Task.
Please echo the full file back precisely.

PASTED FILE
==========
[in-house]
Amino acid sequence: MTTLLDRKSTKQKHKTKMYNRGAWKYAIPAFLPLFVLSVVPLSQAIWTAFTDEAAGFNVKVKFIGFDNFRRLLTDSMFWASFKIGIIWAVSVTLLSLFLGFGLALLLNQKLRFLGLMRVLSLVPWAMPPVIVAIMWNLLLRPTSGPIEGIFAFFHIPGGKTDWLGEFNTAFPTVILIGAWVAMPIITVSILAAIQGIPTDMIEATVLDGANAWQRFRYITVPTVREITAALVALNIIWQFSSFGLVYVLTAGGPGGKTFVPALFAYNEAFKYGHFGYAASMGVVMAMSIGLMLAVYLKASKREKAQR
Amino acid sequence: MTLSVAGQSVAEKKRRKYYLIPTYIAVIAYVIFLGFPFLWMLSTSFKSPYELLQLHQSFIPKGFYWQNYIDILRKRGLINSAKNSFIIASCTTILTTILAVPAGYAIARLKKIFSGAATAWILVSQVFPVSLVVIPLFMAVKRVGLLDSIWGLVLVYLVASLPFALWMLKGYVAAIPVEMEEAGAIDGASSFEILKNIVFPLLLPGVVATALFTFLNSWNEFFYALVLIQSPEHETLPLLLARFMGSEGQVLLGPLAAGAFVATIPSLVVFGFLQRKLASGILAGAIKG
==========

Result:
[in-house]
Amino acid sequence: MTTLLDRKSTKQKHKTKMYNRGAWKYAIPAFLPLFVLSVVPLSQAIWTAFTDEAAGFNVKVKFIGFDNFRRLLTDSMFWASFKIGIIWAVSVTLLSLFLGFGLALLLNQKLRFLGLMRVLSLVPWAMPPVIVAIMWNLLLRPTSGPIEGIFAFFHIPGGKTDWLGEFNTAFPTVILIGAWVAMPIITVSILAAIQGIPTDMIEATVLDGANAWQRFRYITVPTVREITAALVALNIIWQFSSFGLVYVLTAGGPGGKTFVPALFAYNEAFKYGHFGYAASMGVVMAMSIGLMLAVYLKASKREKAQR
Amino acid sequence: MTLSVAGQSVAEKKRRKYYLIPTYIAVIAYVIFLGFPFLWMLSTSFKSPYELLQLHQSFIPKGFYWQNYIDILRKRGLINSAKNSFIIASCTTILTTILAVPAGYAIARLKKIFSGAATAWILVSQVFPVSLVVIPLFMAVKRVGLLDSIWGLVLVYLVASLPFALWMLKGYVAAIPVEMEEAGAIDGASSFEILKNIVFPLLLPGVVATALFTFLNSWNEFFYALVLIQSPEHETLPLLLARFMGSEGQVLLGPLAAGAFVATIPSLVVFGFLQRKLASGILAGAIKG